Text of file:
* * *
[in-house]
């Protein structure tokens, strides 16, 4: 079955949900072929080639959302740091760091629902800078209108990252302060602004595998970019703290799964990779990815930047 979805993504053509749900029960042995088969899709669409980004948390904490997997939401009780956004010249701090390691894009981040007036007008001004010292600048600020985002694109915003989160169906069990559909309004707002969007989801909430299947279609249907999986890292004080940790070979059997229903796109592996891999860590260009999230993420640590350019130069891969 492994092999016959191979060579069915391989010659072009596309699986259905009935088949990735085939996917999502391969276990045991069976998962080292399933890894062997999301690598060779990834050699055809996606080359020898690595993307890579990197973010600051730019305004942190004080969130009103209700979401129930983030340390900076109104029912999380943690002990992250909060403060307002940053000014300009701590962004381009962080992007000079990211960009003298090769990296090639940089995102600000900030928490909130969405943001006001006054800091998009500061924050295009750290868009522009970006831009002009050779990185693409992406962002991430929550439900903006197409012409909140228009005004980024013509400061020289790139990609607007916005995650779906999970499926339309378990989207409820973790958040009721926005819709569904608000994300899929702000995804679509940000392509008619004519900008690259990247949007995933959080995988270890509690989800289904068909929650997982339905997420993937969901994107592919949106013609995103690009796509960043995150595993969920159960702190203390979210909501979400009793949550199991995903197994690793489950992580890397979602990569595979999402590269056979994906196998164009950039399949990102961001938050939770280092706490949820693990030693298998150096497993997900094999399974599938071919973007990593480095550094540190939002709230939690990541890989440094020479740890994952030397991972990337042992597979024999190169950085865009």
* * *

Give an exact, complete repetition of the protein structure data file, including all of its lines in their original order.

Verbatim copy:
[in-house]
């Protein structure tokens, strides 16, 4: 079955949900072929080639959302740091760091629902800078209108990252302060602004595998970019703290799964990779990815930047 979805993504053509749900029960042995088969899709669409980004948390904490997997939401009780956004010249701090390691894009981040007036007008001004010292600048600020985002694109915003989160169906069990559909309004707002969007989801909430299947279609249907999986890292004080940790070979059997229903796109592996891999860590260009999230993420640590350019130069891969 492994092999016959191979060579069915391989010659072009596309699986259905009935088949990735085939996917999502391969276990045991069976998962080292399933890894062997999301690598060779990834050699055809996606080359020898690595993307890579990197973010600051730019305004942190004080969130009103209700979401129930983030340390900076109104029912999380943690002990992250909060403060307002940053000014300009701590962004381009962080992007000079990211960009003298090769990296090639940089995102600000900030928490909130969405943001006001006054800091998009500061924050295009750290868009522009970006831009002009050779990185693409992406962002991430929550439900903006197409012409909140228009005004980024013509400061020289790139990609607007916005995650779906999970499926339309378990989207409820973790958040009721926005819709569904608000994300899929702000995804679509940000392509008619004519900008690259990247949007995933959080995988270890509690989800289904068909929650997982339905997420993937969901994107592919949106013609995103690009796509960043995150595993969920159960702190203390979210909501979400009793949550199991995903197994690793489950992580890397979602990569595979999402590269056979994906196998164009950039399949990102961001938050939770280092706490949820693990030693298998150096497993997900094999399974599938071919973007990593480095550094540190939002709230939690990541890989440094020479740890994952030397991972990337042992597979024999190169950085865009």